The short version: While ‘The Owl’ isn’t quite as disastrous as surrounding discourse may imply, it still shows the Zac Brown Band members working well beneath their talent levels, resulting in anything but an authentic musical evolution.
- Favorite tracks: “Leaving Love Behind,” “Someone I Used To Know,” “Already On Fire,” “The Woods”
- Least favorite tracks: “God Given,” “OMW,” “Warrior”
- Rating: 4/10
The long version: Here’s a fun question to start things off: when did you stop caring about the Zac Brown Band (if at all)?
As pretentious as that question sounds, if you take a look at the band’s output over the latter half of the decade, front man Zac Brown seems to be doing everything in his power to alienate, well … pretty much everyone. From 2015’s Jekyll + Hyde, which threw every style into a blender and only rarely worked, to 2017’s Welcome Home which was a half-assed “return to form,” at best, to their newest project, The Owl, which was slated to have collaborations with everyone from Skrillex to Max Martin, there’s plenty of moments where one could have jumped ship.
Of course, that’s just a discussion on their actual musical output. While Brown may have earned favor by (rightly) calling out Luke Bryan’s “That’s My Kinda Night” for its asinine lyrical content years ago, by now, he’s got at least a handful of songs that are worse than that song. And then there’s Brown’s weird obsession with EDM and dance music, causing him to create a separate side project in Sir Rosevelt, only to service singles from that outfit to country radio anyway.
To give the Zac Brown Band credit, however, they’ve never labeled themselves as a country band; but that honesty still rings as deceitful when they choose to release songs like “Beautiful Drug” to country radio and reap the benefits of the country music establishment. Even a simple, meaningless award makes Brown feel like he’s big enough to offer a righteous speech condemning his haters (spoilers: it’s not righteous). Simply put, the background surrounding any of their projects from now on is going to be a total mess, and whether Brown wants to try country one day, rock the next day, pop the day after or EDM afterward is all a big mystery.
Before diving into The Owl, though, it’s worth mentioning that the issue doesn’t center around Brown wanting to experiment with other genres; the problem is that there’s no consistency to it. Even on 2015’s Jekyll + Hyde, for example, creating tonal whiplash by going from a big band-sounding song in “Mango Tree” to hard rock in “Heavy Is The Head” isn’t exactly appealing. If the issue was with the band’s experimentation, this conversation would have started with 2012’s Uncaged, which saw the band fuse elements of southern rock, R&B, and funk into their own natural sound, or 2014’s The Grohl Sessions, where, true to the name, they recruited Dave Grohl for production duties. Ultimately, the issue is that the band started as one thing, branched off of it in a successful way by not forgetting where their roots were, and then tossed all of that aside and expected their fans to stay onboard, and that’s before we even broach issues of a drop in quality, but that’s neither here nor there.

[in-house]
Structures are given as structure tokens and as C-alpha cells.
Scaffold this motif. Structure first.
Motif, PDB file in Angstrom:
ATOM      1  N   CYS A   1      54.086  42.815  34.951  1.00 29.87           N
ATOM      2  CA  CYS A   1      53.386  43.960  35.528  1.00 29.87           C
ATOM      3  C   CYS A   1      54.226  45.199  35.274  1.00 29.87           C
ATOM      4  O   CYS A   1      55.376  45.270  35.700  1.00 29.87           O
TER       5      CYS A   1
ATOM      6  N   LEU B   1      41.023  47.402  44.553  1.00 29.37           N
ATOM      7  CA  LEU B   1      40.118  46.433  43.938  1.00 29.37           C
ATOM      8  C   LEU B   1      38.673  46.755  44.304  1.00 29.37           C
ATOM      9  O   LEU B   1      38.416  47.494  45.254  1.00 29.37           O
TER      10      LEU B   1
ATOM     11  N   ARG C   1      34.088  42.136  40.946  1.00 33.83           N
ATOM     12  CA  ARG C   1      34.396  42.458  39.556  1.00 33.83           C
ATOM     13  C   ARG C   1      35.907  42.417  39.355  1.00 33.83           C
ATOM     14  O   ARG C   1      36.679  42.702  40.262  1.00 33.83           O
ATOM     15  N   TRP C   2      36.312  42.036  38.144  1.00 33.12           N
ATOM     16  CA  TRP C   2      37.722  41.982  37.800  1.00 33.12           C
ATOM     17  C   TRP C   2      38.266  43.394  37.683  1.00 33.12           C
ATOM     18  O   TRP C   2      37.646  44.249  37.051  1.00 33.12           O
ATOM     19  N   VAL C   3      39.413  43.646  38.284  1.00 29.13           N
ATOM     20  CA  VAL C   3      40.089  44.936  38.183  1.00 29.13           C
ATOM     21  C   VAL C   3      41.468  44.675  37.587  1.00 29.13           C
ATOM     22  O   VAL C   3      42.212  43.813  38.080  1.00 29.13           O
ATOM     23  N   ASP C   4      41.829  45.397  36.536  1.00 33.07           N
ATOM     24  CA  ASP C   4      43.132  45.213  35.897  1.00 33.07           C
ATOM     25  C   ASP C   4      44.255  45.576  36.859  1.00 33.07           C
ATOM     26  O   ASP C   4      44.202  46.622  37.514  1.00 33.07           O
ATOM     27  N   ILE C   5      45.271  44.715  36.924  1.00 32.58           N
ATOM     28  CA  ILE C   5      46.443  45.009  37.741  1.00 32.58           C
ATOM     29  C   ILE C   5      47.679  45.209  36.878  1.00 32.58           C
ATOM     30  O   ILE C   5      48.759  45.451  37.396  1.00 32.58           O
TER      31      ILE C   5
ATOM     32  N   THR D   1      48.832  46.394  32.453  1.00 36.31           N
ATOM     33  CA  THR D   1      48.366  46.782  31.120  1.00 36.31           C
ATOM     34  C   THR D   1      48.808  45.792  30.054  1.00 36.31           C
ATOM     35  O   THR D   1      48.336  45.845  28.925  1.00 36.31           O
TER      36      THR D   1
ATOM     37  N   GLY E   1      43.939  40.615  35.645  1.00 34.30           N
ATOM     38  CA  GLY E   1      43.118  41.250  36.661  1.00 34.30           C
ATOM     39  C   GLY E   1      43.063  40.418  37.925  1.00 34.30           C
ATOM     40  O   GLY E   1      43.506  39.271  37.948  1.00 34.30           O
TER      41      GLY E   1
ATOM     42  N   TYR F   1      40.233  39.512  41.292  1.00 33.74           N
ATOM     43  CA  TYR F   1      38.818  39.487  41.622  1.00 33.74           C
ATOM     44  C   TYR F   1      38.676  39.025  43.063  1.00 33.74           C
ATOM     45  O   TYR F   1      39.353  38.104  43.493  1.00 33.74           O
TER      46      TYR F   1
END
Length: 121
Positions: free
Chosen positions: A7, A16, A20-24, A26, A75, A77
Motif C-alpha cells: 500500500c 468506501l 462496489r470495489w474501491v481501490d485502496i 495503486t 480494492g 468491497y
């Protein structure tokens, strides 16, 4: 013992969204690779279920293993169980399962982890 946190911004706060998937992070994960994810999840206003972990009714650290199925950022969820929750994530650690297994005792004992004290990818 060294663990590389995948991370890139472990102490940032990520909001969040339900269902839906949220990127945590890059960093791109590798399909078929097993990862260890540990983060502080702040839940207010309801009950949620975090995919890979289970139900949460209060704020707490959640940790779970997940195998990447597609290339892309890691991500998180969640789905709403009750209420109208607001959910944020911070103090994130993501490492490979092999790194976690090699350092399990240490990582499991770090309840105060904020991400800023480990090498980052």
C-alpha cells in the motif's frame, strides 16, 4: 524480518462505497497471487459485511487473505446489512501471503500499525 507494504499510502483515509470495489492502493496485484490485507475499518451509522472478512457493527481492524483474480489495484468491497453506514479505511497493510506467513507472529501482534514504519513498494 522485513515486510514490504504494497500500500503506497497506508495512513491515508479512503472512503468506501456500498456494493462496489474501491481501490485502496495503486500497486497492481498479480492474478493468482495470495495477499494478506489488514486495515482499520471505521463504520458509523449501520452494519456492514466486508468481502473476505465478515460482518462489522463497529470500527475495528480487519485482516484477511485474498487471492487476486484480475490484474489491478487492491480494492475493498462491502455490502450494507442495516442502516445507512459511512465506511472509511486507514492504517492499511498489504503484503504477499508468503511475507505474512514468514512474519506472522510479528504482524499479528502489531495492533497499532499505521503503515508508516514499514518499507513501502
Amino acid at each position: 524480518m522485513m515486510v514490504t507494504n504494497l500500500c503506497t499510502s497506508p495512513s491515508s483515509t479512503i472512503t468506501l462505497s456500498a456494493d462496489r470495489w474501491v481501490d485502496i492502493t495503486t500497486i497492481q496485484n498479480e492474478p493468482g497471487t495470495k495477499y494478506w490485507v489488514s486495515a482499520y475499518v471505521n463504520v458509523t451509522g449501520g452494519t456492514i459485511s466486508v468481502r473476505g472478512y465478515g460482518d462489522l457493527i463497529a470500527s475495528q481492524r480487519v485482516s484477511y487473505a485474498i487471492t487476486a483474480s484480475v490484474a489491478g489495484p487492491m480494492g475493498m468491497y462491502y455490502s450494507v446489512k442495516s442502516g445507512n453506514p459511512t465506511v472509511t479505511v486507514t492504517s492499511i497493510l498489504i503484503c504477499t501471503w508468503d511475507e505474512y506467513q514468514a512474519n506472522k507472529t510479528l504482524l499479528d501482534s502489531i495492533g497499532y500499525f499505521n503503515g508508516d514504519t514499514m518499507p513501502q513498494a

But with all of that in mind, The Owl admittedly isn’t quite as bad as the surrounding discourse may imply. Call it the benefit of severely low expectations, or blame it on a lack of shock value for me, personally, after hearing the similar-sounding Sir Rosevelt project from a few years ago, but as pure music, The Owl isn’t nearly the worst album I’ve ever heard. It is, however, an appalling drop in quality for a band that can do so much better, and while there’s more moments that work here than expected, this album will likely go down in history as the band’s worst offering.
The tricky part this time around, though, is knowing where to assign the blame. The easy answer is to point straight to Brown himself, but this is a legitimate offering from the full band where they lean more heavily into EDM and rap than ever before. But it’s also telling that, for the most part, this doesn’t feel like a Zac Brown Band project in just the traditional sense; more often than not, the band members feel like glorified session players on The Owl.
On that note, the easiest place to first approach this album is in its production and instrumentation, which is mostly terrible across the board. Sure, there’s an admittedly decent groove driving “The Woods,” especially when, underneath the heavy, thumping bass, Jimmy Di Martini’s fiddle pickups are right there to provide some type of organic melodic foundation; but otherwise, there’s “Need This,” where the keyboard sounds like one of the default options when making a track in GarageBand, or “Me and the Boys In The Band” or “Shoofly Pie,” where the band try to lean into grimier southern rock, yet are left defeated by polished tones and underweight grooves. And when the band have preformed odes to their musicality in the form of longer, better instrumentals on past projects, it just makes “Me and the Boys In The Band” feel disingenuous and ironic placed on this album, especially when the band barely have anything to actually do here.
What’s most surprising is that, given how much natural charisma the band usually have with each other, you’d think they could actually make compelling, catchy pop music, even if it’s not the average country fan’s cup of tea. Instead, the synthetic elements on “OMW,” “Finish What We Started” and “Warrior” are way too gimmicky, blocky, murky and overwrought to sound anything except stiff and cold, with “OMW” being the worst offender for those bad-sounding ‘80s riffs. It’s understandable why they might try to give “Warrior” a darker, anthemic swell to highlight the terror this soldier goes through, but between the production feeling too overbearing and that horrible distorted vocal on the bridge, I can’t believe I’m about to say this, but Justin Moore preformed this exact song way better this year.